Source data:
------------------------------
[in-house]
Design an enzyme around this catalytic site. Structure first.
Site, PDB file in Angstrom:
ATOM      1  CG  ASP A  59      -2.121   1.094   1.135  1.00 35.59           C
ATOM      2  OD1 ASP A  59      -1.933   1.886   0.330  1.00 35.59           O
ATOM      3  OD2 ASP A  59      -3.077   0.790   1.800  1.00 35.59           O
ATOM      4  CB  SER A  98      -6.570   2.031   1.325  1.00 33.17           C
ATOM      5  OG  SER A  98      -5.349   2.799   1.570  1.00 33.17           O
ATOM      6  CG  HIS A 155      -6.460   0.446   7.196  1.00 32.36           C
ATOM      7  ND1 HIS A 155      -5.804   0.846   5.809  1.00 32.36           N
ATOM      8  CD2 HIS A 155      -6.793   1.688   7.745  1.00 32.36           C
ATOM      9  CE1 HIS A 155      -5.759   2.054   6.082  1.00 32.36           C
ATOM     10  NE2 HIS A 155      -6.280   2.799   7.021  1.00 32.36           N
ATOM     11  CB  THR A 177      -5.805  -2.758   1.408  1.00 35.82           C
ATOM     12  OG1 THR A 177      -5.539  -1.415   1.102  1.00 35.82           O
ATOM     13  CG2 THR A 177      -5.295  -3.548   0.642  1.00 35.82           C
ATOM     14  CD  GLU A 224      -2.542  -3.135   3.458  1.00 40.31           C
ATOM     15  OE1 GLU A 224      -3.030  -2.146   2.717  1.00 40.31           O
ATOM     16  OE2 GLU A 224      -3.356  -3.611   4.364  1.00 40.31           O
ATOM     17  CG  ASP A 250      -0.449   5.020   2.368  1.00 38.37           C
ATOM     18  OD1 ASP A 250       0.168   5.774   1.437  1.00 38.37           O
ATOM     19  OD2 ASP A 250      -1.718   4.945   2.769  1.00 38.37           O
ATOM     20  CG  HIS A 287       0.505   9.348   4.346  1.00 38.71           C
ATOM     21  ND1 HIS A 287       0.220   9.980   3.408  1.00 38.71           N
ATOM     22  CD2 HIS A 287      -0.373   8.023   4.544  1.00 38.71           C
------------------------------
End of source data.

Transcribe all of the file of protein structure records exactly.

[in-house]
Design an enzyme around this catalytic site. Structure first.
Site, PDB file in Angstrom:
ATOM      1  CG  ASP A  59      -2.121   1.094   1.135  1.00 35.59           C
ATOM      2  OD1 ASP A  59      -1.933   1.886   0.330  1.00 35.59           O
ATOM      3  OD2 ASP A  59      -3.077   0.790   1.800  1.00 35.59           O
ATOM      4  CB  SER A  98      -6.570   2.031   1.325  1.00 33.17           C
ATOM      5  OG  SER A  98      -5.349   2.799   1.570  1.00 33.17           O
ATOM      6  CG  HIS A 155      -6.460   0.446   7.196  1.00 32.36           C
ATOM      7  ND1 HIS A 155      -5.804   0.846   5.809  1.00 32.36           N
ATOM      8  CD2 HIS A 155      -6.793   1.688   7.745  1.00 32.36           C
ATOM      9  CE1 HIS A 155      -5.759   2.054   6.082  1.00 32.36           C
ATOM     10  NE2 HIS A 155      -6.280   2.799   7.021  1.00 32.36           N
ATOM     11  CB  THR A 177      -5.805  -2.758   1.408  1.00 35.82           C
ATOM     12  OG1 THR A 177      -5.539  -1.415   1.102  1.00 35.82           O
ATOM     13  CG2 THR A 177      -5.295  -3.548   0.642  1.00 35.82           C
ATOM     14  CD  GLU A 224      -2.542  -3.135   3.458  1.00 40.31           C
ATOM     15  OE1 GLU A 224      -3.030  -2.146   2.717  1.00 40.31           O
ATOM     16  OE2 GLU A 224      -3.356  -3.611   4.364  1.00 40.31           O
ATOM     17  CG  ASP A 250      -0.449   5.020   2.368  1.00 38.37           C
ATOM     18  OD1 ASP A 250       0.168   5.774   1.437  1.00 38.37           O
ATOM     19  OD2 ASP A 250      -1.718   4.945   2.769  1.00 38.37           O
ATOM     20  CG  HIS A 287       0.505   9.348   4.346  1.00 38.71           C
ATOM     21  ND1 HIS A 287       0.220   9.980   3.408  1.00 38.71           N
ATOM     22  CD2 HIS A 287      -0.373   8.023   4.544  1.00 38.71           C